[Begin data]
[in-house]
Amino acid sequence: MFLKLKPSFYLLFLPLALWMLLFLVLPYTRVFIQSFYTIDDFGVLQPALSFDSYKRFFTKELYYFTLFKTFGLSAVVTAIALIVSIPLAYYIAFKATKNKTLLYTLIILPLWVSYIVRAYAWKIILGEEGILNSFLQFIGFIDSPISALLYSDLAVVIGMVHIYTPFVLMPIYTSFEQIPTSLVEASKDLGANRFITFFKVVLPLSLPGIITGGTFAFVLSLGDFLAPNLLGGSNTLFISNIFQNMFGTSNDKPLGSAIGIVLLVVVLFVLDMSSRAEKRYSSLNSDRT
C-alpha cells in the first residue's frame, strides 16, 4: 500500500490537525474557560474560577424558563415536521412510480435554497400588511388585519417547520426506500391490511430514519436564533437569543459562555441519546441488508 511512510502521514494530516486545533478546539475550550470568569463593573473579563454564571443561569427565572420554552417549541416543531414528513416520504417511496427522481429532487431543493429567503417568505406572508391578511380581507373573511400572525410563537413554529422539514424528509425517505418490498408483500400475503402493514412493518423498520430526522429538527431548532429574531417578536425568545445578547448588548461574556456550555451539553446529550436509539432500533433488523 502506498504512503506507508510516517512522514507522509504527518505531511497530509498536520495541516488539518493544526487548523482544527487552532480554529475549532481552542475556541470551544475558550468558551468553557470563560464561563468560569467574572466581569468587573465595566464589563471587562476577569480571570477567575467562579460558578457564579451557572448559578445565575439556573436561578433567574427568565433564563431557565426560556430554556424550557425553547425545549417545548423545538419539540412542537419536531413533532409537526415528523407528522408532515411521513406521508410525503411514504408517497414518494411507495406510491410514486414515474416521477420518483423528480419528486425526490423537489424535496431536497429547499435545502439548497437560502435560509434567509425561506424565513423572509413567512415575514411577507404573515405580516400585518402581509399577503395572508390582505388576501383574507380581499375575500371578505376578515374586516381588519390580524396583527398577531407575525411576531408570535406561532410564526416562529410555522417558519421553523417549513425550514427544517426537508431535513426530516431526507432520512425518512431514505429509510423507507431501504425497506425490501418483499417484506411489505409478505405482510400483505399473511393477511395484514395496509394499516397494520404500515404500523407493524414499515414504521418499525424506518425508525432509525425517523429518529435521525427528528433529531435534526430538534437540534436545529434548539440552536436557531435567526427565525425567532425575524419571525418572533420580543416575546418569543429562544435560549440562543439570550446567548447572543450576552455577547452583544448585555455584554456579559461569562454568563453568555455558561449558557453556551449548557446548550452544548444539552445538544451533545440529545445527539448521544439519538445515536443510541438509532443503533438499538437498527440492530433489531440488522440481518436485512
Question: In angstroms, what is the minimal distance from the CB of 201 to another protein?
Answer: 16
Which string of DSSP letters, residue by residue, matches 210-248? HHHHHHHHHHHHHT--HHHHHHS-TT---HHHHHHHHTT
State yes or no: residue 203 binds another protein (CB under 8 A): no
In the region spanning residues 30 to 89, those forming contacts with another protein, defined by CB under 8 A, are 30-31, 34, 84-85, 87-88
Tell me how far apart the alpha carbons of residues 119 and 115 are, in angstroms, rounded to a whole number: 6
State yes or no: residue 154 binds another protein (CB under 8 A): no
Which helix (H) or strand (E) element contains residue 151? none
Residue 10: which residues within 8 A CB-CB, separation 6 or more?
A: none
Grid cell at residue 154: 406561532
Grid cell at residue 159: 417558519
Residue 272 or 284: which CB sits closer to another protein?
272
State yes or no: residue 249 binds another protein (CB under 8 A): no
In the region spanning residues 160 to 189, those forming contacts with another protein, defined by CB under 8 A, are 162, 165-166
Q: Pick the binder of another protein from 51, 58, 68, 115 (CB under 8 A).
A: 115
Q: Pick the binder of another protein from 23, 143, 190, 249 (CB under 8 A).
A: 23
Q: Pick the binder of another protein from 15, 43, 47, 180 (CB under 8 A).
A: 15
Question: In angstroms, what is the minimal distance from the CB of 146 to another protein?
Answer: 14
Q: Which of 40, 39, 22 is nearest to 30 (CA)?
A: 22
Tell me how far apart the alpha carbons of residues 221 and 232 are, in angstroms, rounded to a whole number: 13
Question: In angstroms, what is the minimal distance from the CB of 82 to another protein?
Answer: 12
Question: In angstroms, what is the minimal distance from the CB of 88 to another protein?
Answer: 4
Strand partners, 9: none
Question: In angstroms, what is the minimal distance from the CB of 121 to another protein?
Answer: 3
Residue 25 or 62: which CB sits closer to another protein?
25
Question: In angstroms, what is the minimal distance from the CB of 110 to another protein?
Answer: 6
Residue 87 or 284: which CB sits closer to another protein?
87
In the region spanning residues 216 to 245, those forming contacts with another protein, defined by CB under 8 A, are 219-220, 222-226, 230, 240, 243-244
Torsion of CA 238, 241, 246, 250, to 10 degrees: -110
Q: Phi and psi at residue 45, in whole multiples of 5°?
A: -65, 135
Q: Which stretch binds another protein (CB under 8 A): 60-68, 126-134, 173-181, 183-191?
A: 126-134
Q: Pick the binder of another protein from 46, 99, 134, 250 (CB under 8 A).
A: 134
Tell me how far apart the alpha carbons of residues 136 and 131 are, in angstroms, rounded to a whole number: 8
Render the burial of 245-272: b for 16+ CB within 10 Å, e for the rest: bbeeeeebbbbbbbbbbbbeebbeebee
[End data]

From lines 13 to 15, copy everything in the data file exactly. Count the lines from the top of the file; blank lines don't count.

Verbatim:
A: none
Grid cell at residue 154: 406561532
Grid cell at residue 159: 417558519